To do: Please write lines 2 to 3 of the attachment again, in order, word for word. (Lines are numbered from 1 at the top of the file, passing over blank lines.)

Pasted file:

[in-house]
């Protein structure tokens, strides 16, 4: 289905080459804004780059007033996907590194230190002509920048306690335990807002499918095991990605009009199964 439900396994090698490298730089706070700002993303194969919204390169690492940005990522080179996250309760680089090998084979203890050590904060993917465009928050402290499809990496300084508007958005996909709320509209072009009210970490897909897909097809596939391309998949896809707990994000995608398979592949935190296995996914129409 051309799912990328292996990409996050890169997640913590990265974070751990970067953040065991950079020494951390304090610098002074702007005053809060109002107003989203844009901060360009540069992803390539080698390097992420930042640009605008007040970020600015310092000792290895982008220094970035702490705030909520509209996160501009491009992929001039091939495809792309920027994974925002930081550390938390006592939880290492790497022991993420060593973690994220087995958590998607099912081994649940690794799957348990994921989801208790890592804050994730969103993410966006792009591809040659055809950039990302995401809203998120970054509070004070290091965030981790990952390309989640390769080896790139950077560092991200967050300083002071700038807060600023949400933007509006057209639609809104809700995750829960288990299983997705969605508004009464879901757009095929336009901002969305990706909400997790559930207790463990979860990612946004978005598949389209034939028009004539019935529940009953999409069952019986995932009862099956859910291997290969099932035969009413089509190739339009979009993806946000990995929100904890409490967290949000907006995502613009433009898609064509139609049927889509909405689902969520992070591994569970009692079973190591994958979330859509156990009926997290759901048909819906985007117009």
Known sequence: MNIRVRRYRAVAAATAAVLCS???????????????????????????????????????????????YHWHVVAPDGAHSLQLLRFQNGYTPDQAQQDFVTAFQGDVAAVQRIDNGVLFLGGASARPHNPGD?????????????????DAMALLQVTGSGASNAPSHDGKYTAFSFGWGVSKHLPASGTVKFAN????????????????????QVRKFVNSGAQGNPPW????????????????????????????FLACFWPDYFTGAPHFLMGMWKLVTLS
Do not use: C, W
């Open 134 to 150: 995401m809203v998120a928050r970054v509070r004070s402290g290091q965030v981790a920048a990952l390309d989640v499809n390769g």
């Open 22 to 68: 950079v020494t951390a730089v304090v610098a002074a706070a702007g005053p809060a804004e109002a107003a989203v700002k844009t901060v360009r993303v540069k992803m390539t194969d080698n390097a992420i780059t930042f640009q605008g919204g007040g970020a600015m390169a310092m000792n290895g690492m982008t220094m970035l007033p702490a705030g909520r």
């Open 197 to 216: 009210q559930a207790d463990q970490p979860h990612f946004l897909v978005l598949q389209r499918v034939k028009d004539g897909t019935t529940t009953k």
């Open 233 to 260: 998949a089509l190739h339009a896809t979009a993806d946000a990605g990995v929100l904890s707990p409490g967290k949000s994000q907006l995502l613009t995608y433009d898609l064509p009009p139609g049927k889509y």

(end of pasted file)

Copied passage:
């Protein structure tokens, strides 16, 4: 289905080459804004780059007033996907590194230190002509920048306690335990807002499918095991990605009009199964 439900396994090698490298730089706070700002993303194969919204390169690492940005990522080179996250309760680089090998084979203890050590904060993917465009928050402290499809990496300084508007958005996909709320509209072009009210970490897909897909097809596939391309998949896809707990994000995608398979592949935190296995996914129409 051309799912990328292996990409996050890169997640913590990265974070751990970067953040065991950079020494951390304090610098002074702007005053809060109002107003989203844009901060360009540069992803390539080698390097992420930042640009605008007040970020600015310092000792290895982008220094970035702490705030909520509209996160501009491009992929001039091939495809792309920027994974925002930081550390938390006592939880290492790497022991993420060593973690994220087995958590998607099912081994649940690794799957348990994921989801208790890592804050994730969103993410966006792009591809040659055809950039990302995401809203998120970054509070004070290091965030981790990952390309989640390769080896790139950077560092991200967050300083002071700038807060600023949400933007509006057209639609809104809700995750829960288990299983997705969605508004009464879901757009095929336009901002969305990706909400997790559930207790463990979860990612946004978005598949389209034939028009004539019935529940009953999409069952019986995932009862099956859910291997290969099932035969009413089509190739339009979009993806946000990995929100904890409490967290949000907006995502613009433009898609064509139609049927889509909405689902969520992070591994569970009692079973190591994958979330859509156990009926997290759901048909819906985007117009």
Known sequence: MNIRVRRYRAVAAATAAVLCS???????????????????????????????????????????????YHWHVVAPDGAHSLQLLRFQNGYTPDQAQQDFVTAFQGDVAAVQRIDNGVLFLGGASARPHNPGD?????????????????DAMALLQVTGSGASNAPSHDGKYTAFSFGWGVSKHLPASGTVKFAN????????????????????QVRKFVNSGAQGNPPW????????????????????????????FLACFWPDYFTGAPHFLMGMWKLVTLS